The varied ways in which family caregiving manifests highlight the complexity and diversity within caregiving scenarios. It's important to recognize that individuals may serve as family caregivers without necessarily identifying or explicitly acknowledging their roles as such. This dynamic is mirrored on both sides, where the care recipient may not recognize the caregiving role of their family member.

This nuanced perspective underscores the need for creativity and innovative approaches when it comes to involving family members in the healthcare process. It's not uncommon for individuals providing care, especially within familial relationships, to downplay or not explicitly label their caregiving responsibilities. Similarly, care recipients may view the support they receive as a natural and inherent part of their relationships, overlooking the formal recognition of caregiving roles.

In healthcare settings, finding ways to bring family members into the conversation, even when they might not overtly identify as caregivers, can contribute to more effective and comprehensive healthcare delivery. Strategies that foster open communication, create a supportive environment, and acknowledge the various forms of caregiving are crucial. This recognition lays the foundation for a collaborative and patient-centered approach, ensuring that the caregiving dynamics within families are acknowledged and leveraged for optimal healthcare outcomes.

Poll #1

In your work setting, what conditions are bringing patients/ consumers to your care?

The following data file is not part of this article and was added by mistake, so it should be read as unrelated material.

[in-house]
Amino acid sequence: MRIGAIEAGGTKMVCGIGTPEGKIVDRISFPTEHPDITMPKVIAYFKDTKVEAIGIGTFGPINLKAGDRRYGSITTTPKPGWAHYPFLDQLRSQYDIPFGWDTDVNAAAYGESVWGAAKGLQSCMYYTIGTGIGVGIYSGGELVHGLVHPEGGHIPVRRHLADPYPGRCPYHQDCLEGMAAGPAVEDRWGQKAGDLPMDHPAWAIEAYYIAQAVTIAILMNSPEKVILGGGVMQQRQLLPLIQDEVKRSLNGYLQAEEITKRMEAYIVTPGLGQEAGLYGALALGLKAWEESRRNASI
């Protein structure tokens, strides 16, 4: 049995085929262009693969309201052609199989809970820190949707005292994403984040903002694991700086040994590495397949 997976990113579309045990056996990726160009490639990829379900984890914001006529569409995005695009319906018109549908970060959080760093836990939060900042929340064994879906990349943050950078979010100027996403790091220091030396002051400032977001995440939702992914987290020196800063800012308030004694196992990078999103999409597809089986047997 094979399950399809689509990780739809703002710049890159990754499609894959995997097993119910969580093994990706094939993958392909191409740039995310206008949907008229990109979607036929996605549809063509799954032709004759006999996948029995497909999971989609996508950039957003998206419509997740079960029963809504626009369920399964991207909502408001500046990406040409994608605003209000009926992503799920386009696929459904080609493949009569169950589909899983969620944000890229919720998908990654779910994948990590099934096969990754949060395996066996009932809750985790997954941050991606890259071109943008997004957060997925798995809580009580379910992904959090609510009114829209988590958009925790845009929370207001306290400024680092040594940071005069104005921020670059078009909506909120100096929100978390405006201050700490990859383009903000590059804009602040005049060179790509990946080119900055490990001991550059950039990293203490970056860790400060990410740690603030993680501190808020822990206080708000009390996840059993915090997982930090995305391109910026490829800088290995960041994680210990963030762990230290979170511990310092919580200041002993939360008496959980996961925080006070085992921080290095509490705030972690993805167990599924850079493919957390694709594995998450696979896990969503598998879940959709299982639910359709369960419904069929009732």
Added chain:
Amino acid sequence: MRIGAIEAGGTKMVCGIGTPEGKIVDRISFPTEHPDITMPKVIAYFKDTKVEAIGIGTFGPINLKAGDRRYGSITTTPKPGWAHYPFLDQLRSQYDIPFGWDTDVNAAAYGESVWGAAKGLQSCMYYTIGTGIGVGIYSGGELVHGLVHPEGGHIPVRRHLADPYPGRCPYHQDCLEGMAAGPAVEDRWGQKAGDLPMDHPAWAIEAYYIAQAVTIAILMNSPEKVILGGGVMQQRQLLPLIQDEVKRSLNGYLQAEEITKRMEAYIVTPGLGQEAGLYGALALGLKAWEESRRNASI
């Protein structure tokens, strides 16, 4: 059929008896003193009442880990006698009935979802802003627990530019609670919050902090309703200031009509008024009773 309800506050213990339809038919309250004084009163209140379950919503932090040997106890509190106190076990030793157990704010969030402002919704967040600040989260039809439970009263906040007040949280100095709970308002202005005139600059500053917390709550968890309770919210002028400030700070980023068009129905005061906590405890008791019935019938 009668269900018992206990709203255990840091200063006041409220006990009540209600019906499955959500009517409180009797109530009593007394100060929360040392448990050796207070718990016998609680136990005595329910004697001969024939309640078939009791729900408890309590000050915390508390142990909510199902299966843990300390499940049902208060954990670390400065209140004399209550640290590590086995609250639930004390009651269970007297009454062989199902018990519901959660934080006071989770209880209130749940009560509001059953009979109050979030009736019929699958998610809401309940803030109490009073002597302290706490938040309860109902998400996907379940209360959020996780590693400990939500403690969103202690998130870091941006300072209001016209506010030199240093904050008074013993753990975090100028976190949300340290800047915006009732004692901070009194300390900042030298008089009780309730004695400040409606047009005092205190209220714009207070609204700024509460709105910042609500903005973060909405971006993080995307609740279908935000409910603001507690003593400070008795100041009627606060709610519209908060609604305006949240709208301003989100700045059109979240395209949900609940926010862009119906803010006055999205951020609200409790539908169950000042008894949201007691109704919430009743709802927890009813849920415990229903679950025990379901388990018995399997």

Thank you all for participating in the poll and sharing the diverse conditions that bring patients or consumers to your care. The range of responses reflects the multifaceted nature of healthcare settings, encompassing long-term illnesses, accidents, falls, developmental delays, and balance issues, among others.

As we consider these conditions, it's crucial to recognize the varied challenges that family caregivers may face. Whether it's a sudden event like a stroke or the management of long-term illnesses, understanding who the family caregivers are in these situations is essential. The role of family caregivers becomes particularly prominent when individuals experience health events that necessitate ongoing care and support.

Multiple Caregiving Roles

  • Multiple care recipients
    • Caring for 2 or more loved ones simultaneously
  • Compound caregiving (Perkins, 2010)
    • Term used to refer to an existing caregiver of an adult with a developmental disability assuming care of an additional care recipient

*Possible complexities and competing needs and demands within one’s roles

Let's explore the dynamics of multiple caregivers, a scenario where individuals find themselves caring for two or more loved ones simultaneously. This situation can arise when someone already caring for an adult with a lifelong disability takes on the additional responsibility of caring for another family member, such as a spouse or parent who becomes ill. Coined by Dr. Elizabeth Perkins, this concept highlights the intricate balancing act that caregivers face when juggling multiple caregiving roles alongside other life responsibilities.